The lady wore latex. The shiny top Karlie Kloss sported with her primpencil skirt and blazer to open Oscar de la Renta’s show was indeedmade from the material most associated with the bedroom and operatingroom. Chic rather than subversive, it showed up again on a slickemerald-green tank and pencil skirt worn — in a glorious colorcombination — under a hot pink silk faille jacket embroidered with blacktassels. The models came out in edgy, laser-cut booties, their hairswept into messy beehives streaked with pink, yellow and blue. De laRenta is no punk; he was just having a little fun with a collection thatwas otherwise purely pretty and wonderfully grand.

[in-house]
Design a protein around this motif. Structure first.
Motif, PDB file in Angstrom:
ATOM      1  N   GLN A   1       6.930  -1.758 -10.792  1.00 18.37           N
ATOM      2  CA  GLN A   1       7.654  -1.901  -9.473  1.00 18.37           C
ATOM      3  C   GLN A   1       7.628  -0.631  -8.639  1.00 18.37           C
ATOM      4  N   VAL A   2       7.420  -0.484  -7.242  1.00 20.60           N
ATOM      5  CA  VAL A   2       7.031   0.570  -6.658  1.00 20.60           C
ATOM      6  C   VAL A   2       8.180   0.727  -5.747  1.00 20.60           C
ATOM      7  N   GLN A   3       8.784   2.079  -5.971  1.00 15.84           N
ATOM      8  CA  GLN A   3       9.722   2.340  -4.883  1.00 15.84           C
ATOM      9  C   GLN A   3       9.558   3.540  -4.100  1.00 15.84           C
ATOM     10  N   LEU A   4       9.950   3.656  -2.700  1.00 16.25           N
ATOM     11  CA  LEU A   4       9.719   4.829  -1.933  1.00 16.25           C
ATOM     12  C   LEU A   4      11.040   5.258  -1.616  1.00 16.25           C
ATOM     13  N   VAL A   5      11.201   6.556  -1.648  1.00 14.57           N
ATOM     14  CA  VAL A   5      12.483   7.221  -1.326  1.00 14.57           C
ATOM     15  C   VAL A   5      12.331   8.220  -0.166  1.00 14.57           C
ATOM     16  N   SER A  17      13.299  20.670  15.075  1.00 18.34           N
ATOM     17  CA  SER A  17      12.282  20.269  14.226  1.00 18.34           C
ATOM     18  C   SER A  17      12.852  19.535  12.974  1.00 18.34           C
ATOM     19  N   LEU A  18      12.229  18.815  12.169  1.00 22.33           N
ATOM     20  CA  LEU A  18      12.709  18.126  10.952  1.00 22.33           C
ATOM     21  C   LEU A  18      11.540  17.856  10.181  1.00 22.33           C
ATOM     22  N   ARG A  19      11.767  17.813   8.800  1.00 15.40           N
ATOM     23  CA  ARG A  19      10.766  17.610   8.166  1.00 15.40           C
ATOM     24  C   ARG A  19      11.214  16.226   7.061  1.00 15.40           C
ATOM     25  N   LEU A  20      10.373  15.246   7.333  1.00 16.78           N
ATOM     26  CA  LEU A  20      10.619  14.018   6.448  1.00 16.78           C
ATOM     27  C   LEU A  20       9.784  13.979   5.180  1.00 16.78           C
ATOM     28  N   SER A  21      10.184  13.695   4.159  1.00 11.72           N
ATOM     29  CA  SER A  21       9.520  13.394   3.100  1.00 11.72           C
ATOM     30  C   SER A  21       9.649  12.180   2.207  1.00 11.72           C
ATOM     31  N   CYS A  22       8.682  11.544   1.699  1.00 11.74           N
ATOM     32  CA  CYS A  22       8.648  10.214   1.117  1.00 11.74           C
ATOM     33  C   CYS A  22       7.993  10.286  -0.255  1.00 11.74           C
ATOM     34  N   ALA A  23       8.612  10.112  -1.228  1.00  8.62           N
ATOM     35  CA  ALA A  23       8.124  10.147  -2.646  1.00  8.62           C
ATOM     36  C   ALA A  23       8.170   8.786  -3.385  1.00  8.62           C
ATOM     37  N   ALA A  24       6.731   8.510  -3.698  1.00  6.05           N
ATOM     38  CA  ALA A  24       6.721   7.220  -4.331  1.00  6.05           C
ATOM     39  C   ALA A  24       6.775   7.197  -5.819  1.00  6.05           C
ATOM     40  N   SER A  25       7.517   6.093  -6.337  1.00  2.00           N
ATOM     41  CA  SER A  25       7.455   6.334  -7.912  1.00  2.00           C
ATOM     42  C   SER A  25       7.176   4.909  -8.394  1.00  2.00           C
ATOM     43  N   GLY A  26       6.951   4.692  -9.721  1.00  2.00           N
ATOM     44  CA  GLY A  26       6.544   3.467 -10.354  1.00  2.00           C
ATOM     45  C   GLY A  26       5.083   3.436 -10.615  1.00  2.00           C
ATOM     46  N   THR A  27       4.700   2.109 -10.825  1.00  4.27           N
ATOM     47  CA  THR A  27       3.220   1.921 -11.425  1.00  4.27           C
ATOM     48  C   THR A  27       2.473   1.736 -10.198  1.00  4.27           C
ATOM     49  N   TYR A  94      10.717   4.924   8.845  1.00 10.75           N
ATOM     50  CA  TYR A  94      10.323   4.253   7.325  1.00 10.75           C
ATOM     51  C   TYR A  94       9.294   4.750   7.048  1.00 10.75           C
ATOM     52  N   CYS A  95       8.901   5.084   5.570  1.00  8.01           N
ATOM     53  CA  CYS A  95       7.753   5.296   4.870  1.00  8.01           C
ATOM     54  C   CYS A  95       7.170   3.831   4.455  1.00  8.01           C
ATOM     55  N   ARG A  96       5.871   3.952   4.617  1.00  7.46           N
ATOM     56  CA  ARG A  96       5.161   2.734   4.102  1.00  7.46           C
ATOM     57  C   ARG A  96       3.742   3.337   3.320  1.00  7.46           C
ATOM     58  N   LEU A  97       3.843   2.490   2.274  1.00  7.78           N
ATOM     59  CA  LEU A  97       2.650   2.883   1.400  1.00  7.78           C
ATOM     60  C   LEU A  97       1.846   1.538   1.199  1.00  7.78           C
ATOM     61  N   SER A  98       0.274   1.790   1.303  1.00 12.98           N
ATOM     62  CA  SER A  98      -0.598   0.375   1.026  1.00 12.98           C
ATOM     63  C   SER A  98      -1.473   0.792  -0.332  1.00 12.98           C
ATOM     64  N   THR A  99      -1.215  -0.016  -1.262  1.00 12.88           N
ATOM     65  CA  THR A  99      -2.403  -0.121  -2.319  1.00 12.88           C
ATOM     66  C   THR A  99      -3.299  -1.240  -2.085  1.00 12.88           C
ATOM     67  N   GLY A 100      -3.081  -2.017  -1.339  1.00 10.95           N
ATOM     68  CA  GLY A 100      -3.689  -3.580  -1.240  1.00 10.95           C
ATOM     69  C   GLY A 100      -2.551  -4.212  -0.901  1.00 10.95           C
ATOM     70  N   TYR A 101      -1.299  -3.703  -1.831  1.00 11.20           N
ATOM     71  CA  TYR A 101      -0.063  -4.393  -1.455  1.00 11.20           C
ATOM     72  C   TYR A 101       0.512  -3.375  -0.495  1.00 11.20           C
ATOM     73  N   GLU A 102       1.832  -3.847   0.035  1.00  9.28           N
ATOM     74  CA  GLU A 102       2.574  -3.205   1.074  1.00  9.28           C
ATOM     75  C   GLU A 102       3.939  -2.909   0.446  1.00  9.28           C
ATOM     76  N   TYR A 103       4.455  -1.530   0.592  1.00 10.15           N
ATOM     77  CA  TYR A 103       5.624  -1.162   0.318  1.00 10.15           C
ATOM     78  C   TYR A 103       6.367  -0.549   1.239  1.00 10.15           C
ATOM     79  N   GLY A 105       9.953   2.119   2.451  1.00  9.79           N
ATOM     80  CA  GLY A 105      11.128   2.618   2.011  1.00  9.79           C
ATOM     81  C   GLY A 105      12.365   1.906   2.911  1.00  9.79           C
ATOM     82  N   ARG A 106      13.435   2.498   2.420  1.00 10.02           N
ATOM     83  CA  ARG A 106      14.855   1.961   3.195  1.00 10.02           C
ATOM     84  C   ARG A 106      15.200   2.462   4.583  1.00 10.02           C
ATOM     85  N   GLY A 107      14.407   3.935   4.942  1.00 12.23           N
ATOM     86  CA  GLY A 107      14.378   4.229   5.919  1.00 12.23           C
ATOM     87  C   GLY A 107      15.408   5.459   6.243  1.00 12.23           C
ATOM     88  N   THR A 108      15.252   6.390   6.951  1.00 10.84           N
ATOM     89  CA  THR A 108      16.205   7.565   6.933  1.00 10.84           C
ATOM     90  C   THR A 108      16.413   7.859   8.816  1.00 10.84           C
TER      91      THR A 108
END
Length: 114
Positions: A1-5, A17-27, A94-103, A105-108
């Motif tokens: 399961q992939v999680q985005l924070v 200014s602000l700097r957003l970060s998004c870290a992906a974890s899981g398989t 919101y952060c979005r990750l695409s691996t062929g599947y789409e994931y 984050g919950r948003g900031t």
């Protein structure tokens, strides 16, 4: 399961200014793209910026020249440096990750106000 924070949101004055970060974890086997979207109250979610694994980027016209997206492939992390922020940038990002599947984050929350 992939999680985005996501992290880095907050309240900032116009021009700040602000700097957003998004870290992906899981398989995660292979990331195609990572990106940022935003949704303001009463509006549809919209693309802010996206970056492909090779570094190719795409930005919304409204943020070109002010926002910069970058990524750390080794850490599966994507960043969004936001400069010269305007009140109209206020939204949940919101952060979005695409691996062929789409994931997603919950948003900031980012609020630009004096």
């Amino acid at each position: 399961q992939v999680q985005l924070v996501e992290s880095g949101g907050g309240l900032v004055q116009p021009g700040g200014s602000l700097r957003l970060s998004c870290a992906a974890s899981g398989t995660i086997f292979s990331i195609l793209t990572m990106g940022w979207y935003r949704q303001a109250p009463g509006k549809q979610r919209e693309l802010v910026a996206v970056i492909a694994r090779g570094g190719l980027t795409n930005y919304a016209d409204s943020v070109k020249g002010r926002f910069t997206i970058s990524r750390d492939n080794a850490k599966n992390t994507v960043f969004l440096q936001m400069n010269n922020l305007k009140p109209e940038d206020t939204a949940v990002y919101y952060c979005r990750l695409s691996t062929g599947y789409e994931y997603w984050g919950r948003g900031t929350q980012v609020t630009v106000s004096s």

Though rambling at times (as a 60-look show is wont to do), thestock was solid, with exquisite treatments at every turn. Daywear was arelative term here, considering all the lavish embellishment. A beltedivory linen jacket and matching skirt were trimmed in leather macraméthat looked like lace. A white floral guipure jacket was done in a blackgraffiti treatment and worn over a tweed skirt. There was even ahot-pink Persian lamb skirt-suit. Then, for evening an array ofstunners, from a swank black-and-white column slit to there to astrapless, tea-length style done in layers of aquamarine tulle andembroidered with cherry blossoms in pink feathers. With the classic dela Renta customer well accounted for, the designer was free to court ayounger, more playful contingent. Cue Cara Delevingne in a hot pinkbustier with a feathered peplum that fanned out like wings over a pairof cocktail shorts.

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